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Troubled at heart, almost he felt a hope
That yet some chance his victim might delay. So as he mus'd, adown the neighbouring slope
He saw a lonely traveller on his way ; And now he knows the man so much abhorr'd, His holier thoughts are gone, he bares the murderous sword.
- The house of Valdespesa gives the blow!
“Go, and our vengeance to our kinsman tell !"Despair and terror seized the unarm'd foe,
And prostrate at the young man's knees he fell, And stopt his hand and cried "oh, do not take A wretched sinner's life! mercy for Jesus' sake!"
At that most blessed name, as at a spell,
Conscience, the God within him, smote his heart. His hand for murder rais'd unharming fell,
He felt cold sweat-drops on his forchead start, A moment mute in holy horror stood, Then cried, "joy, joy, my God! I have not shed his blood !"
He rais'd Anselmo up, and bade him live,
And bless, for both preserved, that holy name; And pray'd the astonish'd foeman to forgive
The bloody purpose led by which he came. Then to the neighbouring church he sped away, His over-burthen’d soul before his God to lay,
He ran with breathless speed,-he reached the door,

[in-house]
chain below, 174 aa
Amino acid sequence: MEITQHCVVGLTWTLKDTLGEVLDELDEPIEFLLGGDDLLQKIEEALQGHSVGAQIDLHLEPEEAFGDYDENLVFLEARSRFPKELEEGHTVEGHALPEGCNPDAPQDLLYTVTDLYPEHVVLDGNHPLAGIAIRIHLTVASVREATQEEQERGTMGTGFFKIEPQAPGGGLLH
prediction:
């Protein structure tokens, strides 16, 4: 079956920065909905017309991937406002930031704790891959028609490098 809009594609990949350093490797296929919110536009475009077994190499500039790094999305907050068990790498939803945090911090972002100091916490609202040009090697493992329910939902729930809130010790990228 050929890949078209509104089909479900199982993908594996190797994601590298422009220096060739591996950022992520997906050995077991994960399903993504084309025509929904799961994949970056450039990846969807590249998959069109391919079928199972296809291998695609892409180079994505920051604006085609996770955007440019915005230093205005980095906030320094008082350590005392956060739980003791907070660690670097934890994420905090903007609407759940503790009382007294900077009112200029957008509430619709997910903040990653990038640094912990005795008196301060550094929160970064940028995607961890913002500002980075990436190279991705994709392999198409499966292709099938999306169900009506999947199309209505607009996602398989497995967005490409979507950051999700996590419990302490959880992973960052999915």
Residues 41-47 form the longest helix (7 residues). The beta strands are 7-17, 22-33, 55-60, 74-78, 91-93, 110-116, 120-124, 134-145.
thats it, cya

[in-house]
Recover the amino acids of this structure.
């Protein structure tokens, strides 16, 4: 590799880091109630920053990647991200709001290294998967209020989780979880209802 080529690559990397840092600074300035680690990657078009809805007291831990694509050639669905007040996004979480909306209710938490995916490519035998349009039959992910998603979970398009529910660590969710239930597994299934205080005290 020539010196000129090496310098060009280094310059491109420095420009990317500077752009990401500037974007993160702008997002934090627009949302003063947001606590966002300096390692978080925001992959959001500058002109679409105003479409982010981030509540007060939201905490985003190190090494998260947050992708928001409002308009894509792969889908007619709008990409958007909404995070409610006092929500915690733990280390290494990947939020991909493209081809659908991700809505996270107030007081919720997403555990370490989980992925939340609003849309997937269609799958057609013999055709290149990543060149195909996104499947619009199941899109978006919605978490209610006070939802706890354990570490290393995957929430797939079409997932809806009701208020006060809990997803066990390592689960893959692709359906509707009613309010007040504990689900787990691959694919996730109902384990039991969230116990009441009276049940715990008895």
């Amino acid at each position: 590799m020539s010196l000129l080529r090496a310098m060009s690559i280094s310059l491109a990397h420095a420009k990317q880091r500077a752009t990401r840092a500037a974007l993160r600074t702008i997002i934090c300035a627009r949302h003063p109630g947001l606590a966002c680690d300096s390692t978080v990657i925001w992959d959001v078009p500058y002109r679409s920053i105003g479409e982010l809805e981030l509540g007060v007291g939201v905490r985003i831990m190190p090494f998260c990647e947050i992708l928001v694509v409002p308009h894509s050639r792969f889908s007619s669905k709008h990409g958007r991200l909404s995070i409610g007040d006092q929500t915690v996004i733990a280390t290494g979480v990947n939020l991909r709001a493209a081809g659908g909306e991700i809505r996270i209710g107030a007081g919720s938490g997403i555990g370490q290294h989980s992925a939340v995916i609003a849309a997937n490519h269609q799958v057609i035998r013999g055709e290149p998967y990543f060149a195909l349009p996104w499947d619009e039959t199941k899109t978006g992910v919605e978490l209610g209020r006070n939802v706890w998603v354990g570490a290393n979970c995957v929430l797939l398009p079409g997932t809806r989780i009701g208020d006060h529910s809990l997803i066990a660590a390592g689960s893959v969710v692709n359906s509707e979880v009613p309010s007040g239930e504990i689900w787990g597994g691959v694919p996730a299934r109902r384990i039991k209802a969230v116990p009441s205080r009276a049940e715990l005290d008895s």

Tumultuous tides his throbbing pulses swell-
vouchsafed ; before the cross he fell, And rais'd his swimming eyes, and thought that there He saw the imaged Christ smile favouring on his prayer.
A blest illusion ! from that very night
The monk's austerest life devout he led; And still he felt the enthusiast's deep delight,
And seraph-visions floated round his head; The joys of heaven foretasted fill'd his soul, And still the good man's name adorns the sainted roll.
R. S. Y.
LUCRETIA. A MONODRAMA.
Scene, the house of COLLATINE.
Welcome, my father! good Valerius,
I sate at eye
Of battles, and the long and perilous seige,
Nay hear me out!
noble spirits, prompt
of utterance gone ; astonish'd-stunn'd, I saw the coward ruffian, heard him urge His damned suit, and bid me tamely yieldYield to dishonour. When he proffer'd death Oh I had leapt to meet the merciful sword ! But that with most accursed vows he vow'd That he would lay a dead slave by my side, Murdering my spotless honour.--Collatine!
From what an anguish have I rescued thee !
Look if it have not kindled Brutus' eye!
Thinkest thou, my husband, that I dreaded death?